Another Look at the Latest Blow to the Darwinian Tree of Life, and the Man Who Dealt It - Evolution News & Views

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Another Look at the Latest Blow to the Darwinian Tree of Life, and the Man Who Dealt It

Kevin Peterson.jpg

How many times can evolutionists say everything they know is wrong before people start to really believe it?

As Casey Luskin noted here earlier, a news article in Nature tells the tree-shaking story of Kevin Peterson. This whole subject is so delightful it deserves another look.

A molecular paleobiologist at Dartmouth, Peterson never set out to disturb fellow believers in Darwinian theory. He just thought he would try a new method for constructing phylogenetic trees: tracking relationships via micro-RNAs. Peterson thought micro-RNAs would be a good marker of evolutionary relationships:

MicroRNAs, Peterson and [colleague Lorenzo] Sempere discovered, are unlike any of the other molecular metrics that biologists typically use to tease apart evolutionary relationships. DNA binding sites, for example, continuously mutate; microRNAs, by contrast, are either there or they aren't, so their interpretation doesn't require such complex sequence and alignment analyses. And once gained, microRNAs usually remain functional, which means that their signal stays intact for hundreds of millions of years.
But when Peterson tested the conventional Darwinian tree of life for rotifers, his tree didn't match the conventional one. That was only the beginning. He found tree rot all over:
But a chance investigation of microRNAs in microscopic creatures called rotifers led him to examine these regulatory molecules in everything from insects to sea urchins. And as he continues to look, he keeps uncovering problems, from the base of the animal tree all the way up to its crown.
Peterson's observations, first published in a minor journal but now getting notice in Nature and Science, are winning him some vocal critics, but mostly reluctant supporters. His work on the family tree of placental mammals will be his latest unsettling contribution. Peterson had decided to lay it all on the line by testing the family tree of mammals. "We're mammals, so this matters," he said. Sure enough, problems are surfacing there, too.

The data's refusal to cooperate with other Darwinian phylogenies has left Peterson "up a tree," as Nature writer Elie Dolgin quips: "At first, Peterson was shocked by his results, which still haven't been published. But he has spent the past year validating his tree with gene-expression libraries and genomic sequences, all of which he says support his findings." He's being extra careful, because "If we get this wrong, all faith that anyone has in microRNAs [for phylogenetics] will be lost," his colleague Philip Donoghue, a palaeobiologist at the University of Bristol, said. "It could well be the end of all our careers."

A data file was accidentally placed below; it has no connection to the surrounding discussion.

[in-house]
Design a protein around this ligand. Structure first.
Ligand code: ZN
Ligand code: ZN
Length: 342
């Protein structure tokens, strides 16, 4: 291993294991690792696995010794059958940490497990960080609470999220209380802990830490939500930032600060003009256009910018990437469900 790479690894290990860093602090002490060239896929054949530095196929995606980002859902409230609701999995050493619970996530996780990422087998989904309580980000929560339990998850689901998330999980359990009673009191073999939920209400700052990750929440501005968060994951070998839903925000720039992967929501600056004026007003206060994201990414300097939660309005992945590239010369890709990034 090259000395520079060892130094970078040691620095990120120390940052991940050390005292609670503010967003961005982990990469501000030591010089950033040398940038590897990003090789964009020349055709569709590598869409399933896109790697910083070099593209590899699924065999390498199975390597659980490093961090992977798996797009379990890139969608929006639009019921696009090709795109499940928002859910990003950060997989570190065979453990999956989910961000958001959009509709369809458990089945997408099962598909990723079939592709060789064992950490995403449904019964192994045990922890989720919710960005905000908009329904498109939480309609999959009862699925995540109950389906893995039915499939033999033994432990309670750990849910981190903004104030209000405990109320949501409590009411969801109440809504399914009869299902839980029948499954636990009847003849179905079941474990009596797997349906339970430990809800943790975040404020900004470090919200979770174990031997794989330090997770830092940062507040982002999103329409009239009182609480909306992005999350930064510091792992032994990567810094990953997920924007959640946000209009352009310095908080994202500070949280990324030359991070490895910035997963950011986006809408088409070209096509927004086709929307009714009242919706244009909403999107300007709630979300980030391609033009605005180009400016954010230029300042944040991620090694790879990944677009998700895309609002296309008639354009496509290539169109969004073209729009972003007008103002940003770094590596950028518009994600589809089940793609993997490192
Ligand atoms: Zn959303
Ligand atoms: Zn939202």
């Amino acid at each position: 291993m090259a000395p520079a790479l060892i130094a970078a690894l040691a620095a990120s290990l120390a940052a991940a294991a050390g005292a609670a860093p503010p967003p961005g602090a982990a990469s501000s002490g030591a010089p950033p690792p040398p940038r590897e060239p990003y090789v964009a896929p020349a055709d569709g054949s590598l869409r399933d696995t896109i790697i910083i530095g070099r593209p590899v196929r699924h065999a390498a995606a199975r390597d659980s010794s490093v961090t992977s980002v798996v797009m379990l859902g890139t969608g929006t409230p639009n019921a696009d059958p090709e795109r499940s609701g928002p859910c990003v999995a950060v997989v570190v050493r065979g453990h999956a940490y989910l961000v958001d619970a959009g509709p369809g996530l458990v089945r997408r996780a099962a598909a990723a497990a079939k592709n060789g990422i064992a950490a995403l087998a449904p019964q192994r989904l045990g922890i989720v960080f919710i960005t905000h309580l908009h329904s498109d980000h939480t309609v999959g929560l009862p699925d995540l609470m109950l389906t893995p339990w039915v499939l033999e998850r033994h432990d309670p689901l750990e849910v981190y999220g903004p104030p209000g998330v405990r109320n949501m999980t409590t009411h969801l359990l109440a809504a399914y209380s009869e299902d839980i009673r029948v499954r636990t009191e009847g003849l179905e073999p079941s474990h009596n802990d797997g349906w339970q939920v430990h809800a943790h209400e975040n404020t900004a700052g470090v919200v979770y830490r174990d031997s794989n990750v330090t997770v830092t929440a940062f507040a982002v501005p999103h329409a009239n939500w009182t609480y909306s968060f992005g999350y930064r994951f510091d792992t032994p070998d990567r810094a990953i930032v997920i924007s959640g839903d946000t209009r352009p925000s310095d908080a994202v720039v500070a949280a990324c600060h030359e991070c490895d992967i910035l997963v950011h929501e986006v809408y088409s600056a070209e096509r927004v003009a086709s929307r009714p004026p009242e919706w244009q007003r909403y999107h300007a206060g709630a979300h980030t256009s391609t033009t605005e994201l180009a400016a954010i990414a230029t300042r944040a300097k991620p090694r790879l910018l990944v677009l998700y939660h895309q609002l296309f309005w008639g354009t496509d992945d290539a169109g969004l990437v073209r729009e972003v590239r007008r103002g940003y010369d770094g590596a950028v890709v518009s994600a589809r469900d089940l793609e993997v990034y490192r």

The reactions of other scientists have been entertaining:

  • "One of the reviewers said it was impossible, what we were describing," Peterson said.
  • "He's talking about the entire genome that has to be wrong."
  • "I don't give it any serious consideration. There have to be other explanations."
  • "What we know at this stage is that we do have a very serious incongruence. It looks like either the mammal microRNAs evolved in a totally different way or the traditional topology is wrong. We don't know yet."
Stirring controversy was not Peterson's intention. Dolgin describes him as a "mild-mannered but straight-talking Montanan" who "didn't set out to rewrite textbooks."
For now, he's trying to amass the best evidence he can before publishing the mammal study. Then he wants to return to the quiet life of an ancient-invertebrate biologist. But if Peterson's voyage upends the mammalian phylogeny, he'll have left a furry mess in his wake.
Why is this so surprising to anyone? In fact, it's old news. Since the first molecular studies with proteins like cytochrome C and other molecules, neo-Darwinists have repeatedly generated trees that conflict with each other depending on the marker used. Over and over, they have had to explain away these observations. There is so much wiggle room in the methods that some have invoked epicycle-style fudge factors like "rate heterogeneity" (molecular clocks ticking at different rates) to keep the data in sync with the theory.

This is a classic example of theory directing data, instead of the other way around -- a form of the plaustrum ante equum (cart before the horse) fallacy. The fallacy becomes evident when different practitioners with the same theory generate contradictory data sets and have to invoke fudge factors to avoid changing their assumptions. You notice that Nature titled its article "Phylogeny: Rewriting evolution," not "Phylogeny: Falsifying evolution."

Trying to play the unbiased scientist, Peterson said, "Ultimately, I don't really care how mammals are related to one another -- it doesn't matter to me. But what does matter is the validity of the data set." That's a commendable attitude, but would he be equally comfortable questioning neo-Darwinian theory itself?

Intelligent-design advocates are unsurprised by any of this, because their focus is on the origins of functional information, not unobservable prehistories imagined by assuming that a universal common ancestor gave birth to a family tree via random mutation and natural selection. Design theorists also believe in following the evidence where it leads.

Image credit: Dartmouth College.